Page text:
Courtesy of the Artist and FALSE FLAG.
With this ceramic work, Emilie Gossiaux deftly employs color and form to reconsider mechanisms of visual perception and trigger memories of sensation. In 2010, during her senior year at Cooper Union, Gossiaux lost her sight in a near-fatal bike accident. Since then she has continued to work with clay and plaster, creating pieces that demonstrate a profound sensitivity to material and texture. As she describes it, “Since losing my vision six years ago, my practice as an artist has changed in that I no longer create or study using visual references. I rely on the memories I have of colors, shapes, and dimensions of objects and spaces. I also use physical memories: the way an object fits in the palm of my hand, the weight and texture of it, or how tall and wide it is in relation to my body.” –Courtesy of The Kitchen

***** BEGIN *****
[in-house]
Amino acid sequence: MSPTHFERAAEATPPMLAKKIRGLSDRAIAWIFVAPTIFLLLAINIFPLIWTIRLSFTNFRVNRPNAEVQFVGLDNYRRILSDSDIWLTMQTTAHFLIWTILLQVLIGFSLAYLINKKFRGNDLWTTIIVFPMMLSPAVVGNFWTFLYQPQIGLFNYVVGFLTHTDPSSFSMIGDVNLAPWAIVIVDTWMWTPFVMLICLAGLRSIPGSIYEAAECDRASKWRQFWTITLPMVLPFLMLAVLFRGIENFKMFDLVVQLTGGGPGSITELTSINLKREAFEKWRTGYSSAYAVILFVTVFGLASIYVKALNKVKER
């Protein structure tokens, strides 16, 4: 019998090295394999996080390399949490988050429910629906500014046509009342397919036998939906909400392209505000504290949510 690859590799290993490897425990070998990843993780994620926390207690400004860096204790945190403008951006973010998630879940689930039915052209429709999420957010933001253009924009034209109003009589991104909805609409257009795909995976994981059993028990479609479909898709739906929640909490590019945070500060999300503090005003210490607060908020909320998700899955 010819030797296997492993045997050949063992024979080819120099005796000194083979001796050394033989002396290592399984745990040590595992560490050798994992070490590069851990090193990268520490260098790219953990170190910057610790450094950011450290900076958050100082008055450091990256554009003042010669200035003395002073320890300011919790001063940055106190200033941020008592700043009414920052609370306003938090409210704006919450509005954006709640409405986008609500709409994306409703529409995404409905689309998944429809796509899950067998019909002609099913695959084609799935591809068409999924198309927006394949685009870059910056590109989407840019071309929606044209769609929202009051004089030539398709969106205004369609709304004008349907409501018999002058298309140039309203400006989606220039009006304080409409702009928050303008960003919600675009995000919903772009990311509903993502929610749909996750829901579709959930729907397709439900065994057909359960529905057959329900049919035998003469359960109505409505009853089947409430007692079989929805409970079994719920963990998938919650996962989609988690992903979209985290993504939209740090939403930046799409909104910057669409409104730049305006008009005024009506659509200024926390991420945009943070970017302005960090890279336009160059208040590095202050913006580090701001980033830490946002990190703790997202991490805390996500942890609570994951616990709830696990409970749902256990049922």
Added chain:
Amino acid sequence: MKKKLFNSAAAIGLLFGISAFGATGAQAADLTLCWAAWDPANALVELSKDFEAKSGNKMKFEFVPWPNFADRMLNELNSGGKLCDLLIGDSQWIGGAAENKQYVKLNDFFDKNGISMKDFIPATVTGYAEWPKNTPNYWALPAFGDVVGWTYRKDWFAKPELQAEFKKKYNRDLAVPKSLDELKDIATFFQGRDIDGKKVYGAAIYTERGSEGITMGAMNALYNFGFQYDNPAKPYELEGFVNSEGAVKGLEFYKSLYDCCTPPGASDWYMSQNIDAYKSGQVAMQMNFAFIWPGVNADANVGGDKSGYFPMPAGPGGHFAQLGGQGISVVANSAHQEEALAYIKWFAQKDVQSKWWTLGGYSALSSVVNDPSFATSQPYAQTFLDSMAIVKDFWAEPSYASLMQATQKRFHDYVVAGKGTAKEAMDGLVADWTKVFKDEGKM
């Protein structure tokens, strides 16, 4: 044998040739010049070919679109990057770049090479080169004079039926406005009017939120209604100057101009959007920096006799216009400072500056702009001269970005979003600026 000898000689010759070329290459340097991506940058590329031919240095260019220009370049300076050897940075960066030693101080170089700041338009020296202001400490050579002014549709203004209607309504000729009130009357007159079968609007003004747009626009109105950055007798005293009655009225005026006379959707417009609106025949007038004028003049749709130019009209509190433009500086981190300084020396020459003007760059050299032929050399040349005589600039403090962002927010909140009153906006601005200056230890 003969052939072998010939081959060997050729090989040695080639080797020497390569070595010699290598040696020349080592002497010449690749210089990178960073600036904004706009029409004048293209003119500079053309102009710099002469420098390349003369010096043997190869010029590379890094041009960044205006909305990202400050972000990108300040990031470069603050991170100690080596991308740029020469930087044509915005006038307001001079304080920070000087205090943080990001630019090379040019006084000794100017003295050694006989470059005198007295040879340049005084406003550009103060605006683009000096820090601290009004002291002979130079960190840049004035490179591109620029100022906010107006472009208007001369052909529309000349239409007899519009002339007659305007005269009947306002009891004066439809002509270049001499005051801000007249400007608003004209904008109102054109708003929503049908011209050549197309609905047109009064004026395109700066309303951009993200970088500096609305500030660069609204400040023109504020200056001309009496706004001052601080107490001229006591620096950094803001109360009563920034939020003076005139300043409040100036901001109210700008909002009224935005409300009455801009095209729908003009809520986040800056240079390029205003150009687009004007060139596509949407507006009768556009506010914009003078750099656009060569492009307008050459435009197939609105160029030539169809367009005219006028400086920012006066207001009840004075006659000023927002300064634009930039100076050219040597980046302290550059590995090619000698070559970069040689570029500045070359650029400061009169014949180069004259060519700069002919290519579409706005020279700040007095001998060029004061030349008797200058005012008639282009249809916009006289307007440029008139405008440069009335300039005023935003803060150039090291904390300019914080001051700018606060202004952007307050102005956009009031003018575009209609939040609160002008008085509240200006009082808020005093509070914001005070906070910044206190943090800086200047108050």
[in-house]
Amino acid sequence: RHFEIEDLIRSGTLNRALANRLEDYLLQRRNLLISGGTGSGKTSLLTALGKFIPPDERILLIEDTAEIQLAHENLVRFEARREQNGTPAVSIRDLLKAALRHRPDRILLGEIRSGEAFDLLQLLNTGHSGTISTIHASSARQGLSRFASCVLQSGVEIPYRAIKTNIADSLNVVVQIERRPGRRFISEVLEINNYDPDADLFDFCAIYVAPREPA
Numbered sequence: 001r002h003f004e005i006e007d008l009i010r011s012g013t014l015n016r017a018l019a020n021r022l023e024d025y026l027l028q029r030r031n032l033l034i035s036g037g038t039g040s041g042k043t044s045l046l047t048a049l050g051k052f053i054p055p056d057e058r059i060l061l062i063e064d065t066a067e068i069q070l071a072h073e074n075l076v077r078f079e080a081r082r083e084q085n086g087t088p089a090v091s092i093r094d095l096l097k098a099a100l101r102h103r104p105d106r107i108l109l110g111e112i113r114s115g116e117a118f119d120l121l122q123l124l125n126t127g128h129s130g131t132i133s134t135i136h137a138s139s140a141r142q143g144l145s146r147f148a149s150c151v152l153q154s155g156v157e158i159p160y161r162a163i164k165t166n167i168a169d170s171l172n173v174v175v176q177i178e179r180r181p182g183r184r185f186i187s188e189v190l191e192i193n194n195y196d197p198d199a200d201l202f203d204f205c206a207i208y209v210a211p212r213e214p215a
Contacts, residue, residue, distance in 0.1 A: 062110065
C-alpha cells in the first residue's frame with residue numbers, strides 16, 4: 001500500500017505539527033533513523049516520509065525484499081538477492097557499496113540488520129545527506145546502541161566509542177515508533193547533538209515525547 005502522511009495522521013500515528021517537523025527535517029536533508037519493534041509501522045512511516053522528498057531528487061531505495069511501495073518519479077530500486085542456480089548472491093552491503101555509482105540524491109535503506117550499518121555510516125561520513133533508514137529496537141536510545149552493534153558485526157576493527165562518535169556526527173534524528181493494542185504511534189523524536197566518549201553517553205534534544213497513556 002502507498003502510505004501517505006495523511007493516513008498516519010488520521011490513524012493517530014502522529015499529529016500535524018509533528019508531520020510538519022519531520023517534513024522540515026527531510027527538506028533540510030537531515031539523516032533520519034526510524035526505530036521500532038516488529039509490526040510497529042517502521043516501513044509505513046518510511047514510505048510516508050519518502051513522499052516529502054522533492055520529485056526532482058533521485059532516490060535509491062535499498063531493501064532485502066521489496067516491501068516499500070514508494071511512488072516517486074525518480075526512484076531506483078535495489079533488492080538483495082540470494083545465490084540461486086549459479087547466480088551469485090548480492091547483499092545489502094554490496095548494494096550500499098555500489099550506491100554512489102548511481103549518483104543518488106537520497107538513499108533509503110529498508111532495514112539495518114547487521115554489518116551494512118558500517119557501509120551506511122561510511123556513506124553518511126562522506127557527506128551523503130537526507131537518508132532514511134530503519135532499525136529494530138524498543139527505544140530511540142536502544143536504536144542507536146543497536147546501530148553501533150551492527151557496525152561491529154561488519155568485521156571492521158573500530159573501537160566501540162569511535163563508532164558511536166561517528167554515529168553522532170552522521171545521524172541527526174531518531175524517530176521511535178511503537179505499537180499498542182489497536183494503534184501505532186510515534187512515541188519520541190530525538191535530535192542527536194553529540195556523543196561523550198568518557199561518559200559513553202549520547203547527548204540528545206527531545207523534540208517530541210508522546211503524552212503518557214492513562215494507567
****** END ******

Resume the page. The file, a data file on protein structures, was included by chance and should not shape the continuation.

Born in 1989, Emilie Gossiaux works primarily with papier-mâché, ceramics, wood, metals, and acrylic to make sculptures that aim to establish a multisensory experience of the visual art object. Gossiaux’s artistic practice gained a new focus as the result of an accident in 2010 which left her blind. Gossiaux has participated in exhibitions at Recess Art and FALSE FLAG in New York City, and her work was recently featured at NADA New York.
Signature: Certificate of authenticity included
Image rights: Courtesy of the Artist and The Kitchen.